Vibration actuators primer

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Before designing haptic effects on an Android device, it helps to get an overview of how vibration actuators work.

Illustration of the components of a Haptic LRA

The most common vibration actuators are Linear Resonant Actuators (LRAs). Each LRA consists of a voice coil pressed against a magnetic moving mass that is attached to a spring. An AC voltage applied to the voice coil creates an electromagnetic force that causes the mass to move. The spring provides the restoring force that causes the mass to return to its starting position. The back-and-forth movement of the mass causes the LRA to vibrate. They have a resonance frequency at which the output is maximum.

Given the same input voltage at two different frequencies, the vibration output amplitudes can be different. The further away the frequency is from the LRA’s resonant frequency, the lower its vibration amplitude is.

One common function of LRAs in a device is to simulate the feeling of a button click on an unresponsive glass surface. It serves to make user interaction feel more natural. When applied to typing on a virtual keyboard, click feedback can increase typing speed and reduce errors. A clear and crisp click feedback signal is typically less than 10 to 20 milliseconds in duration. Achieving a good click requires some knowledge of the LRA used in a device. This is why relying on pre-fabricated waveforms provides the best feedback for a click. You can use them with the constants provided by the platform whenever a click feedback is needed.

The haptic effects achievable in a device is determined by both the vibration actuator and its driver. Haptic drivers that include overdrive and active braking features can reduce the rise time and ringing of LRAs, leading to a more responsive and clear vibration. For illustration, let’s see how a custom waveform pattern behaves on a generic device.

Kotlin

val timings: LongArray = longArrayOf(50, 50, 50, 50, 50, 100, 350, 250)
val amplitudes: IntArray = intArrayOf(77, 79, 84, 99, 143, 255, 0, 255)
val repeatIndex = -1 // Do not repeat.

vibrator.vibrate(VibrationEffect.createWaveform(timings, amplitudes, repeatIndex))

Java

long[] timings = new long[] { 50, 50, 50, 50, 50, 100, 350, 250 };
int[] amplitudes = new int[] { 77, 79, 84, 99, 143, 255, 0, 255 };
int repeatIndex = -1 // Do not repeat.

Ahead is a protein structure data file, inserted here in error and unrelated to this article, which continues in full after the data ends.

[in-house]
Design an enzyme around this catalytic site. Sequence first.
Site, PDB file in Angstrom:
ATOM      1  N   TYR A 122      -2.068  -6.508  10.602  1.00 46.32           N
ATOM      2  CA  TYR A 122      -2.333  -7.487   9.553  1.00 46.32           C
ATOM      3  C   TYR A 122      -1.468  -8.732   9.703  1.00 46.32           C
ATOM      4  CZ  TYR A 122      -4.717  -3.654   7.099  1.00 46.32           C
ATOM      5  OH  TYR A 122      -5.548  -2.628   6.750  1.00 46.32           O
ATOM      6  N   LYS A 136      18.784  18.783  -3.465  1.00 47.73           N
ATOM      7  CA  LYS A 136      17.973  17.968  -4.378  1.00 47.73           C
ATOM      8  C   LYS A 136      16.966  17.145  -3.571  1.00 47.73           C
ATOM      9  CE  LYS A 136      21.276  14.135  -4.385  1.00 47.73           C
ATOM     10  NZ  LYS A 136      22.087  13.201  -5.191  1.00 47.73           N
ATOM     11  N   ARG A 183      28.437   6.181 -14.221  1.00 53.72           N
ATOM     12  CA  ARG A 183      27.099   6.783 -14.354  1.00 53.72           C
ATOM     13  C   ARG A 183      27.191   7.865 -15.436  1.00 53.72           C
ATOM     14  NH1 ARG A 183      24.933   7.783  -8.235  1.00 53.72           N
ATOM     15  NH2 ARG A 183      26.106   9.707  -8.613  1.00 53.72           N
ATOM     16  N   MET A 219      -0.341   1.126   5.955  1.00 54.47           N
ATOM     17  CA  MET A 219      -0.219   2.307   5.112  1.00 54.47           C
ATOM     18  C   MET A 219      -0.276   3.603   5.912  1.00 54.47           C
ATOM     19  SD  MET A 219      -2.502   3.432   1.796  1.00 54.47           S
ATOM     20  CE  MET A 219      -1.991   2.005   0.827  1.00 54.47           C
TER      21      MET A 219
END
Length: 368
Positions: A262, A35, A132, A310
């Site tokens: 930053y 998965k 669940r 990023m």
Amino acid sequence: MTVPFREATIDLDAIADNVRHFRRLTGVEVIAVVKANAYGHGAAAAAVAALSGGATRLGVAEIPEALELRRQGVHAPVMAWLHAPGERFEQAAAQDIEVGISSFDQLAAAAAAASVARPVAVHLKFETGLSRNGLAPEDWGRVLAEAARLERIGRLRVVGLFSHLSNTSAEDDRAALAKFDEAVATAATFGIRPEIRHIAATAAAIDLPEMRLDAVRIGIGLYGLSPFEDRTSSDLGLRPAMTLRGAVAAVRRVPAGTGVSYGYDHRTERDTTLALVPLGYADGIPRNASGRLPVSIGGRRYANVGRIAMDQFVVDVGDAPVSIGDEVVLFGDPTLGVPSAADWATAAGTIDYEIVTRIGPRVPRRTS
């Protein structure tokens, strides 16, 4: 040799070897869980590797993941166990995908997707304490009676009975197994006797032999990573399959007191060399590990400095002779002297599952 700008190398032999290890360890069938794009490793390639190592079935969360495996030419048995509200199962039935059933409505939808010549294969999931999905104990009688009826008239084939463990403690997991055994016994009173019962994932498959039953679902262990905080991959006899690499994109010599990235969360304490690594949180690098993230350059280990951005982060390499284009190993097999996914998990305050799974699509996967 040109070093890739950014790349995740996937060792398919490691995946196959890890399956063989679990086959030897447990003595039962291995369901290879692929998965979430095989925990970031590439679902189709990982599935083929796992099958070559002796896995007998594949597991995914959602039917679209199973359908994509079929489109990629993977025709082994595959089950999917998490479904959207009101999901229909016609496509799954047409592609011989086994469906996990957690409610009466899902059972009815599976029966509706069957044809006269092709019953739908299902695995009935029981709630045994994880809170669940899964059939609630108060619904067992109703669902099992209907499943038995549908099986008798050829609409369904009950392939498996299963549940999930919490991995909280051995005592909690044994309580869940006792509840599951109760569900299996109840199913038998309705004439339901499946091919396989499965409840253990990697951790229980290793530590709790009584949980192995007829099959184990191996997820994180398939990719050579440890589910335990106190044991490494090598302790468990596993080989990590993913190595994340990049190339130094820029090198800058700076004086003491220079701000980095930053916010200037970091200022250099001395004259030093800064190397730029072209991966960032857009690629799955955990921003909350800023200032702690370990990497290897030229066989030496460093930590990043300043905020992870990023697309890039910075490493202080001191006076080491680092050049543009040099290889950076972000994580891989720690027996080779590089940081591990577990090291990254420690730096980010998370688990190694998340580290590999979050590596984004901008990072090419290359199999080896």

vibrator.vibrate(VibrationEffect.createWaveform(timings, amplitudes, repeatIndex));

The plot below shows the waveform corresponding to the code snippets shown above.

Plot of step function input waveform

The corresponding acceleration is shown below:

Plot of actual measured waveform, showing more organic transitions between levels

Note that the acceleration increases gradually, not suddenly, whenever there is a step change of amplitude in the pattern (e.g., at 0ms, 150ms, 200ms, 250ms, 700ms). There is also an overshoot at each step change of amplitude, and there is visible ‘ringing’ that lasts at least 50ms when the input amplitude suddenly drops to 0.

This haptic pattern can be improved by increasing and decreasing the amplitudes gradually to avoid overshoot and reduce ringing time. The following shows the waveform and acceleration plots of the revised version.

Kotlin

val timings: LongArray = longArrayOf(
    25, 25, 50, 25, 25, 25, 25, 25, 25, 25, 75, 25, 25,
    300, 25, 25, 150, 25, 25, 25
)
val amplitudes: IntArray = intArrayOf(
    38, 77, 79, 84, 92, 99, 121, 143, 180, 217, 255, 170, 85,
    0, 85, 170, 255, 170, 85, 0
)
val repeatIndex = -1 // Do not repeat.

vibrator.vibrate(VibrationEffect.createWaveform(timings, amplitudes, repeatIndex))

Java

long[] timings = new long[] {
        25, 25, 50, 25, 25, 25, 25, 25, 25, 25, 75, 25, 25,
        300, 25, 25, 150, 25, 25, 25
    };
int[] amplitudes = new int[] {
        38, 77, 79, 84, 92, 99, 121, 143, 180, 217, 255, 170, 85,
        0, 85, 170, 255, 170, 85, 0
    };
int repeatIndex = -1; // Do not repeat.

vibrator.vibrate(VibrationEffect.createWaveform(timings, amplitudes, repeatIndex));

Plot of input waveform with additional steps

Plot of measured waveform, showing smoother transitions

It follows that creating a haptic effect on an Android device requires more than providing a frequency and amplitude value. It is not a trivial task to design a haptic effect from scratch without full access to the engineering specifications of the vibration actuator and the driver. Android APIs provide constants that let you do the following:

  • Perform clear effects and primitives.

  • Concatenate them to compose new haptic effects.

These pre-defined haptic constants and primitives can greatly speed up your work while ensuring high-quality haptic effects.